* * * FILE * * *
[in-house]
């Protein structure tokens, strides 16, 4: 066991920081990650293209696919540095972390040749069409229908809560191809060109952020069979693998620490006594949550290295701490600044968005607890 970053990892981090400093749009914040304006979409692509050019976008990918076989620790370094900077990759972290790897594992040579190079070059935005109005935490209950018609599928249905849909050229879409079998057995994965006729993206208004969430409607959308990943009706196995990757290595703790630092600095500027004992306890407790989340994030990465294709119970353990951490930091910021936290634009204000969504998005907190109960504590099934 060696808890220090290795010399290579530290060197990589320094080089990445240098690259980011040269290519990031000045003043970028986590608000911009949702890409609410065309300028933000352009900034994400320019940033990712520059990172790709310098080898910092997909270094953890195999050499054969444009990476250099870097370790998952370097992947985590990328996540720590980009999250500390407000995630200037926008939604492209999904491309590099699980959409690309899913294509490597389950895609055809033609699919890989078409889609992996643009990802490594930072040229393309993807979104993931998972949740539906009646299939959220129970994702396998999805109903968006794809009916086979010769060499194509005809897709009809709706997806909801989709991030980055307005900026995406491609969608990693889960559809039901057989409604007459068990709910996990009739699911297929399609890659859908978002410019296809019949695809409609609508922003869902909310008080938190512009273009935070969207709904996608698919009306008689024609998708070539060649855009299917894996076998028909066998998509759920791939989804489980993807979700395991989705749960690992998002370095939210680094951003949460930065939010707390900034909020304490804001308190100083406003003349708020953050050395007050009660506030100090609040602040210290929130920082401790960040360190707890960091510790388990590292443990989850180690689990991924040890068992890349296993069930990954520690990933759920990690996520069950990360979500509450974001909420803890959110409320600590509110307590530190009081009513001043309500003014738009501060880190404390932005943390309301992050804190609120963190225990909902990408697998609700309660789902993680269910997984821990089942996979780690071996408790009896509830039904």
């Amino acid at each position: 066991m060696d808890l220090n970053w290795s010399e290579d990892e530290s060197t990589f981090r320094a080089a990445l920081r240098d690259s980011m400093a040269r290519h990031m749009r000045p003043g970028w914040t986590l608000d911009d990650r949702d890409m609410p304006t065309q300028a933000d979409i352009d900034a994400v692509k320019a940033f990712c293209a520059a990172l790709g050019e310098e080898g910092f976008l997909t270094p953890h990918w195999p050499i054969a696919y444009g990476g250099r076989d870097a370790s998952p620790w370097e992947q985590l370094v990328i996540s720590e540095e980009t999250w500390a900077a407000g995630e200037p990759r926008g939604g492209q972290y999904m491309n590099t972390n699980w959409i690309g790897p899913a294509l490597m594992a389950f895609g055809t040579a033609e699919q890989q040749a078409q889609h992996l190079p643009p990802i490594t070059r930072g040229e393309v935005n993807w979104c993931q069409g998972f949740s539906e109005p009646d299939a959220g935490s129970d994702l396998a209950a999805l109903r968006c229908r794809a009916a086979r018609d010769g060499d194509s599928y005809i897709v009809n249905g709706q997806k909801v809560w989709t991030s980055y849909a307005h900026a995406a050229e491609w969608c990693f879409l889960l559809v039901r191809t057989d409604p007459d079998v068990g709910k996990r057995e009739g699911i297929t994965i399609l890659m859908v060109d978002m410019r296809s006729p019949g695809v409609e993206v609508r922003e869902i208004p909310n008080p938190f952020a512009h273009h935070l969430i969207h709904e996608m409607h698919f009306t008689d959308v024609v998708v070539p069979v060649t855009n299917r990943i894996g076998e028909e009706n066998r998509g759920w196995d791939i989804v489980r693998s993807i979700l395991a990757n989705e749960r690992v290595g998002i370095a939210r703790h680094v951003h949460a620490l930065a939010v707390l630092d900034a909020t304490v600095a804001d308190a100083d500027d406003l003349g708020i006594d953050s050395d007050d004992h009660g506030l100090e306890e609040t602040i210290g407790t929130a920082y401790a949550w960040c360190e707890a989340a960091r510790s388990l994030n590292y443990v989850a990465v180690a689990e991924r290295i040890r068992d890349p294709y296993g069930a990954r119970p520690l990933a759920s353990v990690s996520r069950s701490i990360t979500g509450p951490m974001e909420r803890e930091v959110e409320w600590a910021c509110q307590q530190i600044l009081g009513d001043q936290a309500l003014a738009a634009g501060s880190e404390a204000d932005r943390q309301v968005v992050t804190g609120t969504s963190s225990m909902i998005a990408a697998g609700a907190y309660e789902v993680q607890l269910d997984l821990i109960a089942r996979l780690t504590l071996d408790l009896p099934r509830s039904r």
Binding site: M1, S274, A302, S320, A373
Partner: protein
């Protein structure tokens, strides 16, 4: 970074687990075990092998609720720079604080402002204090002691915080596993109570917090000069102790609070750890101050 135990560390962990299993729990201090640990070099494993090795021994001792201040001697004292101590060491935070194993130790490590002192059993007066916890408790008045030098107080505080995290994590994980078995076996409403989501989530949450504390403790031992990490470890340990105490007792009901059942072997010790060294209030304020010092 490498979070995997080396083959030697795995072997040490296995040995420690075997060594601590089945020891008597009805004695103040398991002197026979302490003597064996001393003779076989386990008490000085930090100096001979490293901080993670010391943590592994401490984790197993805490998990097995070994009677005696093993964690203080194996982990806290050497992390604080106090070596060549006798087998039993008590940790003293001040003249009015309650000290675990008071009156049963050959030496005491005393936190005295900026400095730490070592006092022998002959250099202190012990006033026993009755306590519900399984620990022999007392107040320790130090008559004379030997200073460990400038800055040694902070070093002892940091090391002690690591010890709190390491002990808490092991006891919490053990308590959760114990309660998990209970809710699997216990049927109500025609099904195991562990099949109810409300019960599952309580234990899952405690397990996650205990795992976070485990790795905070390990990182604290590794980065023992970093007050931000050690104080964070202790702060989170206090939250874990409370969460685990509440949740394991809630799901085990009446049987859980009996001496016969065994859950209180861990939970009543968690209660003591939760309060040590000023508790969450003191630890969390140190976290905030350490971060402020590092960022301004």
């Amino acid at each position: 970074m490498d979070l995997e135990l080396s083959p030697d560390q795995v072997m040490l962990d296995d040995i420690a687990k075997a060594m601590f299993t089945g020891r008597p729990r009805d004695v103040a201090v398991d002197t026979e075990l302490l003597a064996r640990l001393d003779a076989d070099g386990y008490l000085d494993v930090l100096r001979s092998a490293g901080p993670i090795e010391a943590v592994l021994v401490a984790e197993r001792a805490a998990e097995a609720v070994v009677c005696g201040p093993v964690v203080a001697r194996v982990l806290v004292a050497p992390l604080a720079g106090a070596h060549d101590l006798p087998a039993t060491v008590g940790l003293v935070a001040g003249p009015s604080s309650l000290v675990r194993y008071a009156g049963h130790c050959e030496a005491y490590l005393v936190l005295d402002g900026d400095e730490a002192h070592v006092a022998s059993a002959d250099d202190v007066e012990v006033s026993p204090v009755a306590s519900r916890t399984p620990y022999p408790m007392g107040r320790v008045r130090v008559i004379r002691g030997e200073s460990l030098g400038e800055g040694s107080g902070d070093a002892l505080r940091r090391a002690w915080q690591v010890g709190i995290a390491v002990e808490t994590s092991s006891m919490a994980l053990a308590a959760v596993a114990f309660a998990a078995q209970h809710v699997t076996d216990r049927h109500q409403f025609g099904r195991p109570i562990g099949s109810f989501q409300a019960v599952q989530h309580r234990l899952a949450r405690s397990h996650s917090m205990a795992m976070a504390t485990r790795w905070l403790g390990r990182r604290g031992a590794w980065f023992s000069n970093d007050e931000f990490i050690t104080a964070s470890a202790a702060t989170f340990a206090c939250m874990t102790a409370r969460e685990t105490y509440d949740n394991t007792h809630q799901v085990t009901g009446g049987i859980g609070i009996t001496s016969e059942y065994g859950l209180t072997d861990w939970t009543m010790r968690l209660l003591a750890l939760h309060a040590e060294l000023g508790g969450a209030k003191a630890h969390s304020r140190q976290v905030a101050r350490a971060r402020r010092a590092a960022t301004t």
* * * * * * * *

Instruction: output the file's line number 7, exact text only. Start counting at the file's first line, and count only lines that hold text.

């Amino acid at each position: 970074m490498d979070l995997e135990l080396s083959p030697d560390q795995v072997m040490l962990d296995d040995i420690a687990k075997a060594m601590f299993t089945g020891r008597p729990r009805d004695v103040a201090v398991d002197t026979e075990l302490l003597a064996r640990l001393d003779a076989d070099g386990y008490l000085d494993v930090l100096r001979s092998a490293g901080p993670i090795e010391a943590v592994l021994v401490a984790e197993r001792a805490a998990e097995a609720v070994v009677c005696g201040p093993v964690v203080a001697r194996v982990l806290v004292a050497p992390l604080a720079g106090a070596h060549d101590l006798p087998a039993t060491v008590g940790l003293v935070a001040g003249p009015s604080s309650l000290v675990r194993y008071a009156g049963h130790c050959e030496a005491y490590l005393v936190l005295d402002g900026d400095e730490a002192h070592v006092a022998s059993a002959d250099d202190v007066e012990v006033s026993p204090v009755a306590s519900r916890t399984p620990y022999p408790m007392g107040r320790v008045r130090v008559i004379r002691g030997e200073s460990l030098g400038e800055g040694s107080g902070d070093a002892l505080r940091r090391a002690w915080q690591v010890g709190i995290a390491v002990e808490t994590s092991s006891m919490a994980l053990a308590a959760v596993a114990f309660a998990a078995q209970h809710v699997t076996d216990r049927h109500q409403f025609g099904r195991p109570i562990g099949s109810f989501q409300a019960v599952q989530h309580r234990l899952a949450r405690s397990h996650s917090m205990a795992m976070a504390t485990r790795w905070l403790g390990r990182r604290g031992a590794w980065f023992s000069n970093d007050e931000f990490i050690t104080a964070s470890a202790a702060t989170f340990a206090c939250m874990t102790a409370r969460e685990t105490y509440d949740n394991t007792h809630q799901v085990t009901g009446g049987i859980g609070i009996t001496s016969e059942y065994g859950l209180t072997d861990w939970t009543m010790r968690l209660l003591a750890l939760h309060a040590e060294l000023g508790g969450a209030k003191a630890h969390s304020r140190q976290v905030a101050r350490a971060r402020r010092a590092a960022t301004t």